5. WRITE A STRONG CONCLUSION. Your conclusion is the last best opportunity to showcase your commitment to the profession of medicine and the long road of study ahead. It is important that your personal statement sound strong to the very last period on the page. The conclusion should "frame" your introduction, in that it refers back to the beginning of your statement, reminding the reader of who you are, where you are coming from, and re_emphasizing the significance of your over_all theme. An emphatic conclusion demonstrates consistency and brings everything full circle. Do not digress to a subordinate topic or introduce, however inadvertently, another theme altogether (which is why framing is a good way to end the statement _ it allows you to check if you are still saying the same thing you started out with). The point is to end on the high note you began with.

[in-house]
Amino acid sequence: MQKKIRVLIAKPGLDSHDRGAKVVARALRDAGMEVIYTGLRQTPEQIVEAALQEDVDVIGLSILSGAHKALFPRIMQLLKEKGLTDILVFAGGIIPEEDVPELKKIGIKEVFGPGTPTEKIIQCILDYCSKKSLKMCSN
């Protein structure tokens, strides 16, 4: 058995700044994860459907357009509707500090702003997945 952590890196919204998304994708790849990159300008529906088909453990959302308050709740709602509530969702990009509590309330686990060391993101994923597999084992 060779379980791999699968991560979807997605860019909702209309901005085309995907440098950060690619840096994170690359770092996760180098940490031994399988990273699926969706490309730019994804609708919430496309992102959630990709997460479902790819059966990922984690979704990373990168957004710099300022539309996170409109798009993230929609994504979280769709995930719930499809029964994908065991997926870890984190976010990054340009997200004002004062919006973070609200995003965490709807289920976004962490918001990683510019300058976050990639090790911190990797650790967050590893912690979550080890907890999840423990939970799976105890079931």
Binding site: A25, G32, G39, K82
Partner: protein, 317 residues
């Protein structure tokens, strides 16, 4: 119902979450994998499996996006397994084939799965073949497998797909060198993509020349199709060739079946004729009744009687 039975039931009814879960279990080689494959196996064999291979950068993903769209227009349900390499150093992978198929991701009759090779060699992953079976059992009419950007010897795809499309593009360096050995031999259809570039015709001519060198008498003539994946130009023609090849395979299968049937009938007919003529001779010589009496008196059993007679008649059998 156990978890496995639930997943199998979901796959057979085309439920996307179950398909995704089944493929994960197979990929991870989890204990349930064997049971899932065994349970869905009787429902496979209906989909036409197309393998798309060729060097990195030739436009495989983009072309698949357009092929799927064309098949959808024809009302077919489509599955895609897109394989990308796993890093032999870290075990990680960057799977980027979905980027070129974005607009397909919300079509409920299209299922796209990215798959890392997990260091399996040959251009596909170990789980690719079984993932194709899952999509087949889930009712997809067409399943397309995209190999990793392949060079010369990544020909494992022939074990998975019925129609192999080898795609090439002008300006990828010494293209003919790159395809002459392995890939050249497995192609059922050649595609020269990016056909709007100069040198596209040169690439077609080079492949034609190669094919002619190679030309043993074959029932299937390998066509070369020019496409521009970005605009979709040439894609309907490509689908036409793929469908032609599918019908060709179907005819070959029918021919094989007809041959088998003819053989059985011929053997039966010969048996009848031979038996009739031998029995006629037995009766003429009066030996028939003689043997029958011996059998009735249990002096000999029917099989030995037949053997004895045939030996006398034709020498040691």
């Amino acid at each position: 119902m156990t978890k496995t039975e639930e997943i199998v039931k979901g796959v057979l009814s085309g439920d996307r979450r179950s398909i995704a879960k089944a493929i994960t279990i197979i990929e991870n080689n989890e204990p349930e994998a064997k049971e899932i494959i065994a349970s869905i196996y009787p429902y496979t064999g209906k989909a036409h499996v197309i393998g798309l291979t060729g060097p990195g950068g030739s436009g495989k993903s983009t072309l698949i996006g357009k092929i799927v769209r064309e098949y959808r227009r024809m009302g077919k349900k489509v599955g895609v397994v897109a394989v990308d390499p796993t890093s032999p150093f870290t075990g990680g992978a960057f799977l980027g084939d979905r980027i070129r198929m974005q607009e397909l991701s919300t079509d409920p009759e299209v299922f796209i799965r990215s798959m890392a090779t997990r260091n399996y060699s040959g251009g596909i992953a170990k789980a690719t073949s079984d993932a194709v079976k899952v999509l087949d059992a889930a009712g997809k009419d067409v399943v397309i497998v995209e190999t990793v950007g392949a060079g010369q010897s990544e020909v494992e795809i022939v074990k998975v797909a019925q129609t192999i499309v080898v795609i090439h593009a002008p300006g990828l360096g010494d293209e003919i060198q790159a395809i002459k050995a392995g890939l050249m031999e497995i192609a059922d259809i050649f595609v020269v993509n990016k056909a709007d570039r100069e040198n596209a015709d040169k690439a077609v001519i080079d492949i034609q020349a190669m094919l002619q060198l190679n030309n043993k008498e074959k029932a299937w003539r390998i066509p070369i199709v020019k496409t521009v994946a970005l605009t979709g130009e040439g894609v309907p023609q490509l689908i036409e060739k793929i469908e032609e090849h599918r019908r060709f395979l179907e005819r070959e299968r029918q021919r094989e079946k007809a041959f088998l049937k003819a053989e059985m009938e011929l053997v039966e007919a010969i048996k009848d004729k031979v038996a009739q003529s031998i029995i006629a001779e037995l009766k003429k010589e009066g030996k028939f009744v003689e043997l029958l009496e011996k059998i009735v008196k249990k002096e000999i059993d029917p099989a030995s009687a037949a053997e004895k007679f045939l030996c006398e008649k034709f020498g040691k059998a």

The goal of a PS is to present useful information, thus all or just a little of the information listed below should typically be included in a PS: _ A brief educational background; _ The reasons for choosing your major, what interests you about your chosen subject, and the details of what you have read about the subject; _ The career plans you have laid out upon completion of the program; _ Employment experience, voluntary work done, particularly if it is relevant to the subject, and the skills and experiences gained from these activities; _ Any involvement in enrichment activities such as special trainings or "camps", and _ Extracurricular activities, social, sports, or leisure interests. To further aid you in the task of identifying important information for inclusion, consider the following: